In the last stage snag, communications between India's moon lander Vikram and the orbiter got snapped as the former was only 2.1 km away from its designated landing spot on the moon's South Pole early on Saturday, throwing suspense over the fate of Rs 978 crore Chandrayaan-2 mission.
Announcing loss of the communication link, Indian Space Research Organisation (ISRO) Chairman K. Sivan said that the performance of the lander was as per the plan until it was at an altitude of 2.1 km from the moon surface.
The communication link got snapped after that, he added.
All was going well with the 1,471 kg Vikram that began its descent at about 1.38 a.m. from an altitude of 30 km at a velocity of 1,680 metres per second. The lander was smoothly coming down with ISRO officials applauding at regular intervals and their faces beaming with pride.
The lander successfully completed its rough braking phase with its descent speed going down well.
It was then communication was lost, throwing a pall of gloom at the ISRO centre where Prime Minister Narendra Modi and students from across the country had gathered.
On the screen, it was seen that Vikram slightly changed from its planned path and then the link got snapped.
Meanwhile, the 2,379 kg Chandrayaan-2 orbiter continues to fly around the moon. Its mission life is one year.
Officials at the space agency's telemetry, tracking and command network (Istrac) were checking out the problem and the data was being analysed.
While an ISRO scientist said it was possible that the communications got snapped as the lander crash-landed, after losing control when its thrusters were switched off during its descent, another said that all is not lost as far as the mission is concerned.
"Only 5 per cent of the mission has been lost - Vikram the lander and Pragyan the rover - while the remaining 95 per cent - that is the Chandrayaan-2 orbiter - is orbiting the moon successfully," an ISRO official told IANS who did not want to be identified.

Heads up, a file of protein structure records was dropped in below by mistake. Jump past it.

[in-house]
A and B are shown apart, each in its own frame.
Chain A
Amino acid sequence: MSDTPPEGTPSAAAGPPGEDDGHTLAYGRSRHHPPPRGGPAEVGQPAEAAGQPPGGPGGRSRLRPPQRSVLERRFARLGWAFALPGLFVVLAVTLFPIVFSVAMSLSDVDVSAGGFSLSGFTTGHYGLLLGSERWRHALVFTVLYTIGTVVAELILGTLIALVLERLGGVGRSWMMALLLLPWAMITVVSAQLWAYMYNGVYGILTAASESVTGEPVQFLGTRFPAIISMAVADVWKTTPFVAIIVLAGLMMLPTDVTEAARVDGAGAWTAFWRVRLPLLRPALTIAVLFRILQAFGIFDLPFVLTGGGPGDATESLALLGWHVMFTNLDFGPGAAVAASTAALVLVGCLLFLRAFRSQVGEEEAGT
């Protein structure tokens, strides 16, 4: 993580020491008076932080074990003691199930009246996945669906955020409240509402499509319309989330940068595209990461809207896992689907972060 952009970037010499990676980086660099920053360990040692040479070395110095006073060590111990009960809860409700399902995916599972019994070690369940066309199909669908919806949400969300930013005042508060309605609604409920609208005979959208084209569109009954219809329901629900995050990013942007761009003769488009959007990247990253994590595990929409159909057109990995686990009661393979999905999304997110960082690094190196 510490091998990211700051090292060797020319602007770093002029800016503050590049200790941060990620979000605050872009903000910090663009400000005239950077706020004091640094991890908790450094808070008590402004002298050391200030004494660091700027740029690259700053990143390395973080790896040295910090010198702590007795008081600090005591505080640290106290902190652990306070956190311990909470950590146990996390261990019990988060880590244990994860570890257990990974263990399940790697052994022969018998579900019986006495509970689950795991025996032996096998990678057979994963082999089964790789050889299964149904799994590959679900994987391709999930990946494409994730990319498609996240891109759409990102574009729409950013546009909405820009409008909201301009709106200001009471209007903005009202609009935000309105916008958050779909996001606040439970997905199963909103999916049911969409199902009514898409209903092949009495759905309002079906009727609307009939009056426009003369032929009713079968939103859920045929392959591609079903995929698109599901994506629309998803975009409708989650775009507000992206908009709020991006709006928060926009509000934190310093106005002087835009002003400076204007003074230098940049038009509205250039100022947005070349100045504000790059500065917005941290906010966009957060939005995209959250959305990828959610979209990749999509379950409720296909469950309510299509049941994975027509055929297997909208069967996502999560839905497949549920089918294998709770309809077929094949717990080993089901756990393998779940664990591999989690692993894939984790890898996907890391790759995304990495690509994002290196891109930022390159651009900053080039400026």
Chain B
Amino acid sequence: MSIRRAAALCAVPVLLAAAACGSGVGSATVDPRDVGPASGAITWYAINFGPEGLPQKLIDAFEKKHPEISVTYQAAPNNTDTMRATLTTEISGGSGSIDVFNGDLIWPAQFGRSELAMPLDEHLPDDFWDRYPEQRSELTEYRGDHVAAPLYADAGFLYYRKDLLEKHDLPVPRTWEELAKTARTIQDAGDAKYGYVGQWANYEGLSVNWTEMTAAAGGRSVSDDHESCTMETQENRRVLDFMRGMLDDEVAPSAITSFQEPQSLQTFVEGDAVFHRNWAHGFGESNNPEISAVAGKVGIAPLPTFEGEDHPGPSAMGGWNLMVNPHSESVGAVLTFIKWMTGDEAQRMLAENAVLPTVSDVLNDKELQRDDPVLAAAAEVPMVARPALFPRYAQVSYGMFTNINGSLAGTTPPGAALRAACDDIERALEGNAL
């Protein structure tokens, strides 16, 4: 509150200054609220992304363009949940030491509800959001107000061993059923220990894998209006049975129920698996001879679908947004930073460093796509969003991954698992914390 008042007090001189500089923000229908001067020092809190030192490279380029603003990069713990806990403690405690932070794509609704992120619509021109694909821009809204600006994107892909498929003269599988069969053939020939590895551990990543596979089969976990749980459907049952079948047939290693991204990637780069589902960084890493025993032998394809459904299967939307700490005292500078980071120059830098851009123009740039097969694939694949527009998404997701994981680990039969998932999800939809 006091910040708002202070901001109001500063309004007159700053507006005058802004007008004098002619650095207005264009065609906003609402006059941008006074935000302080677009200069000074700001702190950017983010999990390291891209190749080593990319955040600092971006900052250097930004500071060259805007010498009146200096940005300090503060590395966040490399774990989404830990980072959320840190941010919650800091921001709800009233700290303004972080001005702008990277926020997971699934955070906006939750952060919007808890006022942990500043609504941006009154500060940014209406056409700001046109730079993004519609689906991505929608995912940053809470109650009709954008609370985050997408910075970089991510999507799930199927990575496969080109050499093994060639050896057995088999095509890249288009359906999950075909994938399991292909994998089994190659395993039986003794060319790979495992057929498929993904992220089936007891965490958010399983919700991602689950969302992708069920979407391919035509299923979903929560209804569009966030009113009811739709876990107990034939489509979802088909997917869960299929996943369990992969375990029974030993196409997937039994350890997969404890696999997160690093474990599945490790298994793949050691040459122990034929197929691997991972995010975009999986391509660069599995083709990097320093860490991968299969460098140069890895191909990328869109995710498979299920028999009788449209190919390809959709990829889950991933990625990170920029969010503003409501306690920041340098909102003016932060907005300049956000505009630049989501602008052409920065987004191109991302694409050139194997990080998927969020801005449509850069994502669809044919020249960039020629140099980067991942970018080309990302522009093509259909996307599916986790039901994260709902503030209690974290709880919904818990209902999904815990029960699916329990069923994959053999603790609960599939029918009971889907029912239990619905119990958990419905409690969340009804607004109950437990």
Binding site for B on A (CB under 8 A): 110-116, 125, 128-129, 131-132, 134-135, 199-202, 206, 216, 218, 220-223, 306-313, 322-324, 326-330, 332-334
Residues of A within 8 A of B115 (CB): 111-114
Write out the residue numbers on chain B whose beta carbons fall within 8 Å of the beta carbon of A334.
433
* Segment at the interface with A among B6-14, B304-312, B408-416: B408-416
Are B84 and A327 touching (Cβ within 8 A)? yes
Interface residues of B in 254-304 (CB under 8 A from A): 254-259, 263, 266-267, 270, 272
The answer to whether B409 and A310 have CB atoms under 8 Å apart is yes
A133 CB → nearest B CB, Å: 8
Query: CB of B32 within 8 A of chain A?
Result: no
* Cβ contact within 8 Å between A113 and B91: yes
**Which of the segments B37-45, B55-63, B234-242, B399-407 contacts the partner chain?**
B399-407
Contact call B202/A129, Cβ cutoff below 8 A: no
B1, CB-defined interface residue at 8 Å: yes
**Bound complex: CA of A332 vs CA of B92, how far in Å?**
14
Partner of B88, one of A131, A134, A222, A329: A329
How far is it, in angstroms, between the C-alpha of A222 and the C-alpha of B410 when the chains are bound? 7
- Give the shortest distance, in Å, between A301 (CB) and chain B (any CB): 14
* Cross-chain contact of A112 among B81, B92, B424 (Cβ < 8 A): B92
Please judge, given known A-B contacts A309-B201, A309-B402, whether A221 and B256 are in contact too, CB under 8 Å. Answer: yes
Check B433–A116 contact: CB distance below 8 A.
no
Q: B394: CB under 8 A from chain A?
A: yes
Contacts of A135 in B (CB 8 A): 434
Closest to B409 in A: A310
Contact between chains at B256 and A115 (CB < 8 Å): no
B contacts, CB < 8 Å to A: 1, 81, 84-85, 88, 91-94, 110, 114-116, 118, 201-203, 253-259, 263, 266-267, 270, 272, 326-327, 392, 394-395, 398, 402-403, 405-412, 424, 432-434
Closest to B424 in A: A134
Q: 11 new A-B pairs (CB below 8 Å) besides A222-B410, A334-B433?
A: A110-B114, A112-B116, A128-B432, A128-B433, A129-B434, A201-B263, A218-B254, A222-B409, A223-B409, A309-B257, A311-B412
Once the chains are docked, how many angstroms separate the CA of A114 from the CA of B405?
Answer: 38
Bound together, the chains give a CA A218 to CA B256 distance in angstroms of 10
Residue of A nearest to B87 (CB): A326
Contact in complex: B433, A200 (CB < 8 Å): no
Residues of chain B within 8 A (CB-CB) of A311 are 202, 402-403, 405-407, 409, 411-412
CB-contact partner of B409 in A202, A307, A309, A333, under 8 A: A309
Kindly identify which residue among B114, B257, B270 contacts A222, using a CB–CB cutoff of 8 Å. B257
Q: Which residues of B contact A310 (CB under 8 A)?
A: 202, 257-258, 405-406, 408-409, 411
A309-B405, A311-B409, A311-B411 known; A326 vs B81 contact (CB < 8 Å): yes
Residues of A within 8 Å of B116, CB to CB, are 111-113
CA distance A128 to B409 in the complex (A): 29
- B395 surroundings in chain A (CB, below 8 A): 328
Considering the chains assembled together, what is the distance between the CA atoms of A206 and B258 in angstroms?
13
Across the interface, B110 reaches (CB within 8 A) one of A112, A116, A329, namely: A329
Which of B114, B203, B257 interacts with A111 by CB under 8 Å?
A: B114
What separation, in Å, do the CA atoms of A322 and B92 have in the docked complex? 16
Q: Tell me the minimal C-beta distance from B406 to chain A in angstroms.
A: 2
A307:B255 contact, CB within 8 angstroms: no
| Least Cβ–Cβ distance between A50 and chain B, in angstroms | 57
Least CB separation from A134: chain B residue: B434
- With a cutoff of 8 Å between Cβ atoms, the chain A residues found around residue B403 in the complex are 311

While the ISRO officials were crestfallen, Prime Minister Modi told them: "Be courageous."
Interacting with the gloomy-faced scientists at the control room of the ISTRAC, he said: "Whatever you have done till now is no mean feat."
"The nation is proud of you. You all have served the nation and done a great service to science and mankind. Move ahead with lots of courage. I am with you, hope for the best," he said, patting ISRO Chairman K. Sivan on the back.
Expressing appreciation for their efforts, he said: "We are learning a lot and would continue doing so in future. This journey would continue... Move ahead with courage.
President Ram Nath Kovind, in a tweet, also praised the "exemplary courage and commitment" of ISRO and said that the country was proud of it.
Other leaders also praised the ISRO and urged its scientists not to lose heart.
Union Home Minister Amit Shah said the ISRO's attempts in getting the Chandrayaan-2 close to the moon's surface has made every Indian proud.
"India stands with our committed and hard-working scientists at ISRO.
"My best wishes for future endeavours," he tweeted.
The Congress said that the entire country stands with the ISRO.
"The nation stands by the entire team of ISRO as we wait in these tense times. Your hard work and commitment has made our nation proud. Jai Hind," the party tweeted.
Senior party leader and former President Rahul Gandhi also congratulated the ISRO for their "incredible" work which was an "inspiration to every Indian".
Delhi Chief Minister Arvind Kejriwal said the ISRO scientists have done a great job on the Chandrayaan-2 Moon mission.
"We are proud of our scientists. They have created history. No need to lose heart. Our scientists have done a great job. Jai Hind!" the Aam Aadmi Party convenor tweeted.
Chandrayaan-2 was launched into space on July 22 by India's heavy-lift rocket Geosynchronous Satellite Launch Vehicle-Mark III (GSLV Mk III) in a textbook style.
The Chandrayaan-2 spacecraft comprised three segments - the Orbiter (weighing 2,379 kg, eight payloads), 'Vikram' (1,471 kg, four payloads) and rover 'Pragyan' (27 kg, two payloads).
After five earthbound orbit raising activities, Chandrayaan-2 was inserted into lunar orbit. The lander Vikram carrying the rover Pragyan separated from Chandrayaan-2 spacecraft on September 2, in its journey towards the moon.